One Of The Biggest Cheesecake Mistakes Is Rushing The Process

A cheesecake, made out of eggs, sugar, and some kind of cheese, is known to be a very smooth and creamy cake (though people are still fighting over if a cheesecake is actually a cake at all). However, the wonderful cheesecake is also known for its difficult baking process and unpredictable outcomes (via Just So Tasty). The making of a cheesecake is an exact science. From precise measuring to specific stirring techniques and baking times, putting together a cheesecake can take a turn for the worst if you don't allow yourself, and the cake, a lot of patience. 

Of course, like with every decadent dessert, cheesecakes can be tricky and unpredictable. It has a laundry list of potential mistakes. Cheesecakes have an easily crackable texture which has to be perfect to really stand out, but you can lose a lot of the air in the mixture, causing the cake to fall flat, or you can take it out of the oven too early, unsure of whether it's fully cooked. It's a finicky dessert, the cheesecake, but a lot of the problems that come with baking a cheesecake can be solved with patience.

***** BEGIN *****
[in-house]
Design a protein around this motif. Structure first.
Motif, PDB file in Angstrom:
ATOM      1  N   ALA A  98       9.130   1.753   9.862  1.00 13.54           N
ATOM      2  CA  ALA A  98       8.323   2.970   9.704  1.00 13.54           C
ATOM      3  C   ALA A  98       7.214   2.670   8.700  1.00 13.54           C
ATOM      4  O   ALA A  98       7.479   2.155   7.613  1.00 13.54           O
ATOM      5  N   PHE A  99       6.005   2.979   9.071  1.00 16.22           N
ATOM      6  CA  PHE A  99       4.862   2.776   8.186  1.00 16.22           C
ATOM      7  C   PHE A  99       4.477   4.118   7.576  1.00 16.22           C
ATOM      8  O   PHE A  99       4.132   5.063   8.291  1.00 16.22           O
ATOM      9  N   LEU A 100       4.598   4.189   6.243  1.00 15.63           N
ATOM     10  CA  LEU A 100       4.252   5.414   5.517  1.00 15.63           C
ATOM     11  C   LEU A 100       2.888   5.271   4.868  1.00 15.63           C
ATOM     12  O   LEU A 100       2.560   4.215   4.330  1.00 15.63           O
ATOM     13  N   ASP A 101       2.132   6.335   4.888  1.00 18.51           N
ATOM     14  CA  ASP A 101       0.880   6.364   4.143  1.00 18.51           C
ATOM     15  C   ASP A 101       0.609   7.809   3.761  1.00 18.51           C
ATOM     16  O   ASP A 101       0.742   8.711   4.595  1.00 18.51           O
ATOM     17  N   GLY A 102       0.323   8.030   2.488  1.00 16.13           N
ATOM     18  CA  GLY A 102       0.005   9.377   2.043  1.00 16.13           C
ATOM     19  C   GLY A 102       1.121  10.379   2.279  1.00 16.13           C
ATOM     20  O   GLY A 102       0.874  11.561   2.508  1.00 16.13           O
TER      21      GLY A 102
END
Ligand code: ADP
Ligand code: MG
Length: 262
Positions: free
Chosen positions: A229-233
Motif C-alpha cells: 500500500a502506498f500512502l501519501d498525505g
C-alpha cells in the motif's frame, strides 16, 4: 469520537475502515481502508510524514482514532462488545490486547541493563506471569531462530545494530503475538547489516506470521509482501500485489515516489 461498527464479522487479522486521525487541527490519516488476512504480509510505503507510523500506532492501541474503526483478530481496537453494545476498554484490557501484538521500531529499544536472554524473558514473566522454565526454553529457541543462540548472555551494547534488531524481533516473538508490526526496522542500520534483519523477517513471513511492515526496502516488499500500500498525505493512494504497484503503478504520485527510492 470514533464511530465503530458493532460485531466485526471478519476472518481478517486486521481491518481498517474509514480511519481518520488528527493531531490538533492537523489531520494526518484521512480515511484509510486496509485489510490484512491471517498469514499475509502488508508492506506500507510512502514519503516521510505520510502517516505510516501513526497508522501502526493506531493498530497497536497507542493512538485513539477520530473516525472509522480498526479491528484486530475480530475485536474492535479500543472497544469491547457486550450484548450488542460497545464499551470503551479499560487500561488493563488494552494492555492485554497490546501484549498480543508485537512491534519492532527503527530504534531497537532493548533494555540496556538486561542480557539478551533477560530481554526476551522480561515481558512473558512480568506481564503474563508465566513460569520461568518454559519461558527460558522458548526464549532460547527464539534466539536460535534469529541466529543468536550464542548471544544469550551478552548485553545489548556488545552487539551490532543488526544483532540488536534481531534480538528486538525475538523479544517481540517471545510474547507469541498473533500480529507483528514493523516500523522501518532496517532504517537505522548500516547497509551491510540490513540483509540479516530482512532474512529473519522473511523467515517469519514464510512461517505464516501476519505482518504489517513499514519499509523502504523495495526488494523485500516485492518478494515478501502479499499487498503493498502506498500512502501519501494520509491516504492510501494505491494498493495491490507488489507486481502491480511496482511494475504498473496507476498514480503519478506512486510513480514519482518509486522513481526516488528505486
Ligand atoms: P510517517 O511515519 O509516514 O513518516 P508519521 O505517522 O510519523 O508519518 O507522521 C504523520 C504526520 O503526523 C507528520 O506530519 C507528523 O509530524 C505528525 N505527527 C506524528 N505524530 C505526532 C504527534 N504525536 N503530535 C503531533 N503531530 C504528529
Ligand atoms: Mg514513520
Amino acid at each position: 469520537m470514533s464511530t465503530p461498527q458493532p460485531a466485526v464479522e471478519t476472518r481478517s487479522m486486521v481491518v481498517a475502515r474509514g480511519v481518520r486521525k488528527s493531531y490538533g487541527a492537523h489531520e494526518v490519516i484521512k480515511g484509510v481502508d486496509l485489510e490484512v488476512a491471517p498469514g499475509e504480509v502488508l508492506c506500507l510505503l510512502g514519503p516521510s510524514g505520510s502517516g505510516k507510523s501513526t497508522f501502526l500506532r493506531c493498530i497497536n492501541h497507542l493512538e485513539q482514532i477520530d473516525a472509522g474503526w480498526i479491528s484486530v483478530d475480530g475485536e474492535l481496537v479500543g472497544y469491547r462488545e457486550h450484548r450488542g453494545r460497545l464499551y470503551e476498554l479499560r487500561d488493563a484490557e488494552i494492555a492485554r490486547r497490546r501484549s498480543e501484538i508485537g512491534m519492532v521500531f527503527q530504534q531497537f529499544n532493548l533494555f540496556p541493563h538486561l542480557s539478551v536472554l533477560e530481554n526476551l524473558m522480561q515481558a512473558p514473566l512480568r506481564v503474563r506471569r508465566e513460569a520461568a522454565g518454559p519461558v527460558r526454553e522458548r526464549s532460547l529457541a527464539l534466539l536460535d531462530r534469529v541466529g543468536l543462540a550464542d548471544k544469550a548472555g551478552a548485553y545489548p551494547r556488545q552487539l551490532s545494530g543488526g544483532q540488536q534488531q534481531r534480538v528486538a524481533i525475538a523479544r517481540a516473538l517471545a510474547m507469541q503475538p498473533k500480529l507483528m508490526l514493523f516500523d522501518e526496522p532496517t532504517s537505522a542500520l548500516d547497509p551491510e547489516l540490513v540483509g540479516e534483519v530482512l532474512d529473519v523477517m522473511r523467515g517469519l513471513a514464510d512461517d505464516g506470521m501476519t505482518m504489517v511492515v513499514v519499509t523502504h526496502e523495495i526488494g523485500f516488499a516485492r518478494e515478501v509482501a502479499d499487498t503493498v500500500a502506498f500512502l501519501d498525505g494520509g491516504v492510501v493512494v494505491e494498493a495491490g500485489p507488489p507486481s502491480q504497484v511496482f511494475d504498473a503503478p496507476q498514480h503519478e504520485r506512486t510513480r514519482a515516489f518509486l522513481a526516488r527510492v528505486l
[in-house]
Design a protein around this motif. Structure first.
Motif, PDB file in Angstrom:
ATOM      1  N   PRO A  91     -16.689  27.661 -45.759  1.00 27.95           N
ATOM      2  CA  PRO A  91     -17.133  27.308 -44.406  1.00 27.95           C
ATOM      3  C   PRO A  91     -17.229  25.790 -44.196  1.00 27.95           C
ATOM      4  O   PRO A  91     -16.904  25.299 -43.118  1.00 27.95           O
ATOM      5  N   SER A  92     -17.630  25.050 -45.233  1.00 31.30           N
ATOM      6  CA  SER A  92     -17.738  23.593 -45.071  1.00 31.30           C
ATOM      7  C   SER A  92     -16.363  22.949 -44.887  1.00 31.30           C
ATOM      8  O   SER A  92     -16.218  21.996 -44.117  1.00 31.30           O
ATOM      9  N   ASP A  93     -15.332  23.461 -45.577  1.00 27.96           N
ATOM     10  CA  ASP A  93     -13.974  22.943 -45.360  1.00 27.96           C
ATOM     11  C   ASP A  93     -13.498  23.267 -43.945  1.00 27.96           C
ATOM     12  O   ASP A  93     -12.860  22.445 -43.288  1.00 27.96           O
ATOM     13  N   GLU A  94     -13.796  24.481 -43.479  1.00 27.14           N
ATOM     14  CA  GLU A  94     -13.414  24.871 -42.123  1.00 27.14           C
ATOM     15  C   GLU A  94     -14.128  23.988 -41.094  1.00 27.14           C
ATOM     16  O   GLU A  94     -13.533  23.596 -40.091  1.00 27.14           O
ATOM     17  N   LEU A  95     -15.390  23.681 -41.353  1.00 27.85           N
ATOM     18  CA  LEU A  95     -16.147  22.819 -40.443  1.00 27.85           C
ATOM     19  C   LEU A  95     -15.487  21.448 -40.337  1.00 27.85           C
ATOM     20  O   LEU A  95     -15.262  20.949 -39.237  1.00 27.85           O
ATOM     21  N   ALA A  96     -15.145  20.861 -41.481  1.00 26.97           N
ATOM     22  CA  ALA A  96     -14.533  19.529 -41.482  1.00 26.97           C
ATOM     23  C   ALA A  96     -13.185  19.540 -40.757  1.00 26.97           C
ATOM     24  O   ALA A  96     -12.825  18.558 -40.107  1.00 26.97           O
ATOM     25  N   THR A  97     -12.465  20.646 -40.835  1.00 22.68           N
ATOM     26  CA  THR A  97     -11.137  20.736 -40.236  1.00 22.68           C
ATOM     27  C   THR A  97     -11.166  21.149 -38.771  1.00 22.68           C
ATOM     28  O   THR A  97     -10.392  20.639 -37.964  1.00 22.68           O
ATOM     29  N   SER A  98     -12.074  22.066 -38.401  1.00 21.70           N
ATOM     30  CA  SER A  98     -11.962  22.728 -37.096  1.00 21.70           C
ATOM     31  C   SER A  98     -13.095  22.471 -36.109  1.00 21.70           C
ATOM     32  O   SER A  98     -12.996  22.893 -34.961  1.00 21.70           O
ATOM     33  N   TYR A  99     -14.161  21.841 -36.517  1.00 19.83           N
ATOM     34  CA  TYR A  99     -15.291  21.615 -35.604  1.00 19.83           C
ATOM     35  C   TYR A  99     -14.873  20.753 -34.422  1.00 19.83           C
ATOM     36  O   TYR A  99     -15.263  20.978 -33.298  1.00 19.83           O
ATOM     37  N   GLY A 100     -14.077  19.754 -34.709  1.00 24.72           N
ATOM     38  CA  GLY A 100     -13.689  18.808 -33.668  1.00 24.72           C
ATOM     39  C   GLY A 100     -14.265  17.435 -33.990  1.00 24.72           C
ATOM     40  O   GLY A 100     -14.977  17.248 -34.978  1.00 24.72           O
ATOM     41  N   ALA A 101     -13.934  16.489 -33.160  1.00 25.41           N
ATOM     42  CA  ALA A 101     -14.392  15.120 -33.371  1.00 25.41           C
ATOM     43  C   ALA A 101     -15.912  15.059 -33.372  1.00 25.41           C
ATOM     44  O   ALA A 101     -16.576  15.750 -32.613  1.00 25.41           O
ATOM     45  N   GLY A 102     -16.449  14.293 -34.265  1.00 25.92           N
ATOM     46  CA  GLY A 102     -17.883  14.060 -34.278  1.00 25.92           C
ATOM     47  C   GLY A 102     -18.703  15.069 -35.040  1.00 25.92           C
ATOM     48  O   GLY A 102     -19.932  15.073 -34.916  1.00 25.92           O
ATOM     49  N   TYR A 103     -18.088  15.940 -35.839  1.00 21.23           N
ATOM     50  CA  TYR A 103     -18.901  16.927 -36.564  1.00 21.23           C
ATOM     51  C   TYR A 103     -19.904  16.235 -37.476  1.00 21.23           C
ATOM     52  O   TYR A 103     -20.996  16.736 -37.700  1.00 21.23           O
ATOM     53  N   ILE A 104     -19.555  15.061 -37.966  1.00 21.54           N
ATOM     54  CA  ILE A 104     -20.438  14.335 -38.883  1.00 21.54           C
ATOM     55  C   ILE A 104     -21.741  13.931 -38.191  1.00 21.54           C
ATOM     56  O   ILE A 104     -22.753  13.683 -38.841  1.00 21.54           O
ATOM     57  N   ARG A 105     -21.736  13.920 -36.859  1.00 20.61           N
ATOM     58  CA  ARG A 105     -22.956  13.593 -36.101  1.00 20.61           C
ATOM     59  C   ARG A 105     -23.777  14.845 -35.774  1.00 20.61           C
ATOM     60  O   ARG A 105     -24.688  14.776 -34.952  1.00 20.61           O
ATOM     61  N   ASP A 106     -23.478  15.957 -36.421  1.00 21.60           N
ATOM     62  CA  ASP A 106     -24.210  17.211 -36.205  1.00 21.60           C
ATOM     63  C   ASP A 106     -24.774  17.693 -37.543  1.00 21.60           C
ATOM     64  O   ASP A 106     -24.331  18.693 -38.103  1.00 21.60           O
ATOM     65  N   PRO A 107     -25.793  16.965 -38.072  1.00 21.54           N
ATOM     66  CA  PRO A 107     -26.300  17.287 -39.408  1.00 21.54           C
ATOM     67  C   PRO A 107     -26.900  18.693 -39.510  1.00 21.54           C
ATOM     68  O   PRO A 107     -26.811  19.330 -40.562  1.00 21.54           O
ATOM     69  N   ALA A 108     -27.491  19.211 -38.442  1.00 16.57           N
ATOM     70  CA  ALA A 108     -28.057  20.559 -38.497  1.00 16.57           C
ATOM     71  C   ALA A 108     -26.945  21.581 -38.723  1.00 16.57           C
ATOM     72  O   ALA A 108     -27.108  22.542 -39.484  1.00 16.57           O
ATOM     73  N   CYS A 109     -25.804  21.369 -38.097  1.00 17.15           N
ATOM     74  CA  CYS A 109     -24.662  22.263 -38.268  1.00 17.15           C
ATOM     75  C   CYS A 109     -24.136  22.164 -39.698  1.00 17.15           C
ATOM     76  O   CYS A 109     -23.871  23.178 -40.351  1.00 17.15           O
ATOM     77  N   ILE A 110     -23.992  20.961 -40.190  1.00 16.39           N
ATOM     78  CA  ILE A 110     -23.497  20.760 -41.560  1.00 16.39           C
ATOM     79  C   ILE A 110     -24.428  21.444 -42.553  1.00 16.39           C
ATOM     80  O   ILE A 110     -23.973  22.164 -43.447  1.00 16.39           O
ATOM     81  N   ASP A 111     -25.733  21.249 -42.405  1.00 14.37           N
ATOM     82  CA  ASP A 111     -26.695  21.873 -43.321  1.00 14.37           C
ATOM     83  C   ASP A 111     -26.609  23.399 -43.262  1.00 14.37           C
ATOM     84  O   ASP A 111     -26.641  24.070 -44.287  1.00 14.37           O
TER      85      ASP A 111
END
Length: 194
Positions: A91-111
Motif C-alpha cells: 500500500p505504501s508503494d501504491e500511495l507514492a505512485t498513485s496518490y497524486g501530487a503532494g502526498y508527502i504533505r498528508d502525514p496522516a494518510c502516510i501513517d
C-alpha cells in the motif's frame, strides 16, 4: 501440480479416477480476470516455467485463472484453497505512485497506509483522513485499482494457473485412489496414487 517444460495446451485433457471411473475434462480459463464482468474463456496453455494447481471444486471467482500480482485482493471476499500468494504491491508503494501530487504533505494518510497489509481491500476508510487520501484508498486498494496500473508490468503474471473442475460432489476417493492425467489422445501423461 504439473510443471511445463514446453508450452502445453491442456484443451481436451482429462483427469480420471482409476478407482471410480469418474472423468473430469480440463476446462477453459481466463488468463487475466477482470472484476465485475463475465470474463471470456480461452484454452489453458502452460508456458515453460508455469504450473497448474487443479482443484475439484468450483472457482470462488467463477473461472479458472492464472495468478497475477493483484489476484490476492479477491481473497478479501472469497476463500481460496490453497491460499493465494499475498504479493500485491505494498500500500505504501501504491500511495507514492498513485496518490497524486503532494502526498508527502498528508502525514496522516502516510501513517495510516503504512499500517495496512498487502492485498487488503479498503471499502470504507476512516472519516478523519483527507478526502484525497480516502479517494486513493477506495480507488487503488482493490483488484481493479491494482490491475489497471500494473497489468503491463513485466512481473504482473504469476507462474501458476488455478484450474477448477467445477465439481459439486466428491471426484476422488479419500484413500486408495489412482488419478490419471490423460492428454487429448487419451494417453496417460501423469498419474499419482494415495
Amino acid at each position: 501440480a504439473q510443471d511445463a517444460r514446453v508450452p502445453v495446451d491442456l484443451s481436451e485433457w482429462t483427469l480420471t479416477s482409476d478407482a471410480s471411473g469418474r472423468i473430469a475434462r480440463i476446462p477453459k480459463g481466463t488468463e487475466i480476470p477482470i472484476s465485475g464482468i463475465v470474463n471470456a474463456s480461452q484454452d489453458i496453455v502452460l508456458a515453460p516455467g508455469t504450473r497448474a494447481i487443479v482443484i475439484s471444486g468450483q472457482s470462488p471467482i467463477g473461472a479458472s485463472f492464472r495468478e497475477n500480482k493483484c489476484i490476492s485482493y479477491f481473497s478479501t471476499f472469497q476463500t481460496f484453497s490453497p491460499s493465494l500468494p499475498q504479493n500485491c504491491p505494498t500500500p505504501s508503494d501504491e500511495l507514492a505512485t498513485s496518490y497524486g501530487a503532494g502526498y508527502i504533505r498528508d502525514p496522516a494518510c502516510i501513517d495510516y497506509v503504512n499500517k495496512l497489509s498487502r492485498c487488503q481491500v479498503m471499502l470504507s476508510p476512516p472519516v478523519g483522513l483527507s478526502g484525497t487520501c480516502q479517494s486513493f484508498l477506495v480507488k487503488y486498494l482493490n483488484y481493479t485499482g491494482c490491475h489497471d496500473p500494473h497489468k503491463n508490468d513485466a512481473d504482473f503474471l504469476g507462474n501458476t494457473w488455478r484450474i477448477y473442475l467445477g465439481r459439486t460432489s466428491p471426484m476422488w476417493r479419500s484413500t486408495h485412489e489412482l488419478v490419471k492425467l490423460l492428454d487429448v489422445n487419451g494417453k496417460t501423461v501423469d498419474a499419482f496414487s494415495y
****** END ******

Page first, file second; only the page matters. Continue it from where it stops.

Patience is key

If you have patience, you can avoid a lot of mistakes that come into play when preparing and baking your cheesecake. Roanna Canete, the owner of San Diego's The Gluten Free Baking Company, said most importantly, you shouldn't try to finish it all in one day; it's just not enough time. Instead, Canete advised bakers to start their cheesecakes in the afternoon so they can be attentive. Canete told Mashed "Cheesecakes are a labor of needs part of a day to bake and cool, and then an overnight chill."

Like all custard-based desserts, if cheesecakes don't chill in the fridge, then they won't set properly. But part of this whole process is letting the cake cool properly on the counter after it's baked and before it's chilled in the refrigerator. This allows the cake to come to room temperature, which is better than putting a hot cake in a cold fridge, causing condensation and ruining your dessert (via Baking How). 

But you'll want to take things slow well before you get to the cooling stage; this all starts with the batter after all. Cheesecake filling is much denser than other cakes like a sponge, meaning it needs slow and delicate mixing with a large mixing tool (not a whisk) so you don't get any air bubbles in the mixture. If there are air bubbles, it most certainly will crack in the oven. Patience is the secret to preventing this classic cheesecake mishap.